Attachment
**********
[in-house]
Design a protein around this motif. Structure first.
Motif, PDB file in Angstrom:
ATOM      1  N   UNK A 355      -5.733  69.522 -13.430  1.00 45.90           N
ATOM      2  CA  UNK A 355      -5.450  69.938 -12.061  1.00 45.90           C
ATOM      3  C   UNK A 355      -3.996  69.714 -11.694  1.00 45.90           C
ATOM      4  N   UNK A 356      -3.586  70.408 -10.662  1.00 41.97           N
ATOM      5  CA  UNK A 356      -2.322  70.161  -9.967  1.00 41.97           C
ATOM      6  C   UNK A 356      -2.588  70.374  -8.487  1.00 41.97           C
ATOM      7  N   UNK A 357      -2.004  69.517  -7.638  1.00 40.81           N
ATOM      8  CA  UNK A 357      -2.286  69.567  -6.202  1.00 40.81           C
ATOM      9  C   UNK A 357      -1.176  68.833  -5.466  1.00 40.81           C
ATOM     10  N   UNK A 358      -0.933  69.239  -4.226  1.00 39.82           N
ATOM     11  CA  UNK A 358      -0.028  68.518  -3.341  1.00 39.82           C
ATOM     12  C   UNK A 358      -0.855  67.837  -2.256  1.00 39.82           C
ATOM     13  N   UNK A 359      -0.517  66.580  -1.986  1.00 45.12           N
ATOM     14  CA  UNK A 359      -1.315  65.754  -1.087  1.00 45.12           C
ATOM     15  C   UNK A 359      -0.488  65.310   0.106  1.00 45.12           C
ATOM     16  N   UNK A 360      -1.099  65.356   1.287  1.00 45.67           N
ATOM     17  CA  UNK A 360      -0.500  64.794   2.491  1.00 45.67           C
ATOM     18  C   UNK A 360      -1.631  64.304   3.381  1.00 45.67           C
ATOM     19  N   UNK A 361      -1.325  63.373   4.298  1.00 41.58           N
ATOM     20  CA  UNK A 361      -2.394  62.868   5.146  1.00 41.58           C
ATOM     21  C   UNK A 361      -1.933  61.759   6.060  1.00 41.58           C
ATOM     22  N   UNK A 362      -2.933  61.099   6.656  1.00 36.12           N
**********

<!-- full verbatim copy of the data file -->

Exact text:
[in-house]
Design a protein around this motif. Structure first.
Motif, PDB file in Angstrom:
ATOM      1  N   UNK A 355      -5.733  69.522 -13.430  1.00 45.90           N
ATOM      2  CA  UNK A 355      -5.450  69.938 -12.061  1.00 45.90           C
ATOM      3  C   UNK A 355      -3.996  69.714 -11.694  1.00 45.90           C
ATOM      4  N   UNK A 356      -3.586  70.408 -10.662  1.00 41.97           N
ATOM      5  CA  UNK A 356      -2.322  70.161  -9.967  1.00 41.97           C
ATOM      6  C   UNK A 356      -2.588  70.374  -8.487  1.00 41.97           C
ATOM      7  N   UNK A 357      -2.004  69.517  -7.638  1.00 40.81           N
ATOM      8  CA  UNK A 357      -2.286  69.567  -6.202  1.00 40.81           C
ATOM      9  C   UNK A 357      -1.176  68.833  -5.466  1.00 40.81           C
ATOM     10  N   UNK A 358      -0.933  69.239  -4.226  1.00 39.82           N
ATOM     11  CA  UNK A 358      -0.028  68.518  -3.341  1.00 39.82           C
ATOM     12  C   UNK A 358      -0.855  67.837  -2.256  1.00 39.82           C
ATOM     13  N   UNK A 359      -0.517  66.580  -1.986  1.00 45.12           N
ATOM     14  CA  UNK A 359      -1.315  65.754  -1.087  1.00 45.12           C
ATOM     15  C   UNK A 359      -0.488  65.310   0.106  1.00 45.12           C
ATOM     16  N   UNK A 360      -1.099  65.356   1.287  1.00 45.67           N
ATOM     17  CA  UNK A 360      -0.500  64.794   2.491  1.00 45.67           C
ATOM     18  C   UNK A 360      -1.631  64.304   3.381  1.00 45.67           C
ATOM     19  N   UNK A 361      -1.325  63.373   4.298  1.00 41.58           N
ATOM     20  CA  UNK A 361      -2.394  62.868   5.146  1.00 41.58           C
ATOM     21  C   UNK A 361      -1.933  61.759   6.060  1.00 41.58           C
ATOM     22  N   UNK A 362      -2.933  61.099   6.656  1.00 36.12           N